Eagle Goes Gonzo

Dave Butler talks Steampunk, Filk Music and Writing.

By Nicole Sharp
Photography by Copper Chadwick

[dropcap]W[/dropcap]hat does ‘Gonzo’ mean?

This was one of the questions I had for lawyer, musician, father, husband, corporate trainer and writer, Dave Butler. You see, when I first read the description of Butler’s book “City of the Saints,” it declared itself as “a four-part gonzo action steampunk adventure tale.” Even if I never read anything more about the book or the man I would have bought the book on the spot just because of that spectacular description. I then skimmed his website for an account of the next book, “Rock Band Fights Evil,” which is described as “an action-horror pulp fiction serial.” I don’t even read this genre, but with the cast of characters Butler has dreamed up, each an outstanding character study in their own right, I wanted to read it all.

This is a writer who is having fun.

Butler may wear a lot of hats, but since 2010 his life-long dream to be a writer has spilled forth. And the path Butler has traveled to this point has been interesting, to say the least.
When I met with Butler there was nothing suspicious about him—no clockwork tattoos, no third eye or mysterious blue box parked in plain site—nothing gave a hint to the Fantasy and Science Fiction writer lurking within.

Butler is easy going, quick witted and down to earth. And he loves what he does. Those elements were evident the moment we began talking. When asked when he knew he wanted to write, Butler quickly replied, “since I was a kid; from the moment I read Tolkien’s “Lord of the Rings.” Knowing that the life of a writer isn’t easy, he didn’t immediately follow that dream. Instead, he did what any smart person does: “go to law school,” he says with a laugh. Upon graduation he worked in securities law moving from London to New York, and finally to Idaho.

In 2010, Butler moved writing to the forefront of his life and began penning his works as D.J. Butler. If you visit his website, www.davidjohnbutler.com, you’ll see he has a massive amount of work that he’s both produced and self-published (15 books and counting). Yes, he does write that fast. And yes, he does all the editing, publishing and marketing himself. The only element of his books that he contracts out is the cover art, which is done by Carter Reid and Nathan Shumate.

Initially, when Butler wrote “City of the Saints” he wasn’t sure if it would have an audience, which was one of the reasons he looked into the burgeoning platform of e-book publication. But, whatever misgivings Butler had toward “City of the Saints,” both the industry and fans alike have embraced the book as their own. In fact, “City of the Saints” is a finalist for the 2012 Whitney Awards in the ‘Speculative Fiction’ category.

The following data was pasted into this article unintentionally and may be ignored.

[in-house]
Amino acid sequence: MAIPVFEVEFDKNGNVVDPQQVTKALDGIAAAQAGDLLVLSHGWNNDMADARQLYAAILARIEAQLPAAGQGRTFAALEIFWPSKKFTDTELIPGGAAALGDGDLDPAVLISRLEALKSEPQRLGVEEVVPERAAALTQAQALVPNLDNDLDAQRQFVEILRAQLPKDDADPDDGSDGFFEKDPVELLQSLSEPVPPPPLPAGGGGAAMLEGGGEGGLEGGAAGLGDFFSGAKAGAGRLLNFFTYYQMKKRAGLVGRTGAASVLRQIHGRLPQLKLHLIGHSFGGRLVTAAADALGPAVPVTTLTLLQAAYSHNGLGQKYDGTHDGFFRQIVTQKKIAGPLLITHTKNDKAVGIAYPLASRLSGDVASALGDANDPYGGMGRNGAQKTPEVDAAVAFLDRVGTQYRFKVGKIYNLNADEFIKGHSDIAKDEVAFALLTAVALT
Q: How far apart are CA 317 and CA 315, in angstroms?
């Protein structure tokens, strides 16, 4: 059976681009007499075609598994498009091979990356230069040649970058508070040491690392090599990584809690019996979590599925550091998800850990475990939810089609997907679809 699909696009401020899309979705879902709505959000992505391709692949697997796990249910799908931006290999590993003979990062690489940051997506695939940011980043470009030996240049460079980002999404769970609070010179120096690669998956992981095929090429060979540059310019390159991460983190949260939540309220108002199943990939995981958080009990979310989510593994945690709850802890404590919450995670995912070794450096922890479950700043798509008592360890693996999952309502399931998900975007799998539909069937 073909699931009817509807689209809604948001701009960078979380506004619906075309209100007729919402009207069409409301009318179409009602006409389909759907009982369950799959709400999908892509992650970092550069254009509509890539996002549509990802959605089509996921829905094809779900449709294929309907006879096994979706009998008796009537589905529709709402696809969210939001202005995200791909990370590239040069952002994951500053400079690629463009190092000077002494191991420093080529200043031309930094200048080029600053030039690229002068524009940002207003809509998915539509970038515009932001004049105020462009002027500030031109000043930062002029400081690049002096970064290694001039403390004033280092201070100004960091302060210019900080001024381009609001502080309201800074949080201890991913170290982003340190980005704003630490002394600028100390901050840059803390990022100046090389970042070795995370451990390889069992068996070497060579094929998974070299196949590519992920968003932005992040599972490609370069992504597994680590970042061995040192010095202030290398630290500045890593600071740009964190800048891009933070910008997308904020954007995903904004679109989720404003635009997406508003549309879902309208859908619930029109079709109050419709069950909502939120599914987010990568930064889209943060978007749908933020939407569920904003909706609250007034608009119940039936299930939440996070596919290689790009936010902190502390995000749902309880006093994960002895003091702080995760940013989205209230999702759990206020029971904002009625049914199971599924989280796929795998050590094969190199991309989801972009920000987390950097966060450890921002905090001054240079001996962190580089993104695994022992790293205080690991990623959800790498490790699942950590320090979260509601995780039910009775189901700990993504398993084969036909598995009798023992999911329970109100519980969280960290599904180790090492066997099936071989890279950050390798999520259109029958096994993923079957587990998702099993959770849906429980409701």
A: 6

Butler has also published the “Rock Band Fights Evil” series, novella-length adventures released individually as e-books. He has seven books published of the twelve that will eventually complete the series. The reviews drool over “Rock Band’s” pulp-fiction feel, crazy worlds, and action-packed adventure, not to mention Butler’s “highly entertaining” prose.

When I asked Butler what he meant when he described his book as “gonzo steampunk”. He said ‘gonzo’ is, essentially, “over the top” and ‘steampunk’ a “modern reimagining of Victorian science fiction.” His re-imaginings are obviously hitting a chord with sci-fi fans. He has sat on panels at local fandom conventions and, if achieving some modicum of fame as a writer isn’t enough, his Filk Music (not a typo) has been recognized as well.

What is Filk Music? At an early Sci-Fi convention, there was supposed to be an hour of Folk Music. But typo in the program gave way to ‘Filk Music’, and a sub-sub culture of sci-fi fandom was born.

What is next for Butler? He is working on a young adult legal thriller, which he describes as “John Grisham for kids.” He would also like to record the audio books for his “Rock Band” series; reading the books himself and adding musical breaks between the chapters—music that he will write and perform himself. Until then, Butler’s books can be purchased at www.davidjohnbutler.com, where you can also find links to his endlessly entertaining Filk music videos as well.








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